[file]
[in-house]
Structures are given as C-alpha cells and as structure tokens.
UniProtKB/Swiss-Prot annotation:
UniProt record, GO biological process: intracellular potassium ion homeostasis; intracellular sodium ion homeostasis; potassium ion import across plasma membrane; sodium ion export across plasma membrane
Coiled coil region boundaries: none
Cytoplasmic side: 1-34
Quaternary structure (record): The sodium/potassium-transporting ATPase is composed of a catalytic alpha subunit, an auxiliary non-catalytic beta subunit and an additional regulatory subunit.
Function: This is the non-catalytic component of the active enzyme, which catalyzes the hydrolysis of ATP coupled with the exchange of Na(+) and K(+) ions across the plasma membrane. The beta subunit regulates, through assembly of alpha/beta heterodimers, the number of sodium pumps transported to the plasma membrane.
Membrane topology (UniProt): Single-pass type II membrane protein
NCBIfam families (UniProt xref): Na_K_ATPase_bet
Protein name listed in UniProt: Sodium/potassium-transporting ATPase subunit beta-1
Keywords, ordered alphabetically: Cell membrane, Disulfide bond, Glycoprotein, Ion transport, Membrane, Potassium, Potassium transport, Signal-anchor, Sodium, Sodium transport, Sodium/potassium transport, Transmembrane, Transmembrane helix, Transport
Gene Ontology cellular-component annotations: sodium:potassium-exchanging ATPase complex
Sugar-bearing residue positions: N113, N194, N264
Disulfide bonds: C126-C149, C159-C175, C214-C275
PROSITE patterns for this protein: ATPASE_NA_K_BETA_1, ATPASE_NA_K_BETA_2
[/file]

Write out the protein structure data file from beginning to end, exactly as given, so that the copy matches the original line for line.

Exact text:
[in-house]
Structures are given as C-alpha cells and as structure tokens.
UniProtKB/Swiss-Prot annotation:
UniProt record, GO biological process: intracellular potassium ion homeostasis; intracellular sodium ion homeostasis; potassium ion import across plasma membrane; sodium ion export across plasma membrane
Coiled coil region boundaries: none
Cytoplasmic side: 1-34
Quaternary structure (record): The sodium/potassium-transporting ATPase is composed of a catalytic alpha subunit, an auxiliary non-catalytic beta subunit and an additional regulatory subunit.
Function: This is the non-catalytic component of the active enzyme, which catalyzes the hydrolysis of ATP coupled with the exchange of Na(+) and K(+) ions across the plasma membrane. The beta subunit regulates, through assembly of alpha/beta heterodimers, the number of sodium pumps transported to the plasma membrane.
Membrane topology (UniProt): Single-pass type II membrane protein
NCBIfam families (UniProt xref): Na_K_ATPase_bet
Protein name listed in UniProt: Sodium/potassium-transporting ATPase subunit beta-1
Keywords, ordered alphabetically: Cell membrane, Disulfide bond, Glycoprotein, Ion transport, Membrane, Potassium, Potassium transport, Signal-anchor, Sodium, Sodium transport, Sodium/potassium transport, Transmembrane, Transmembrane helix, Transport
Gene Ontology cellular-component annotations: sodium:potassium-exchanging ATPase complex
Sugar-bearing residue positions: N113, N194, N264
Disulfide bonds: C126-C149, C159-C175, C214-C275
PROSITE patterns for this protein: ATPASE_NA_K_BETA_1, ATPASE_NA_K_BETA_2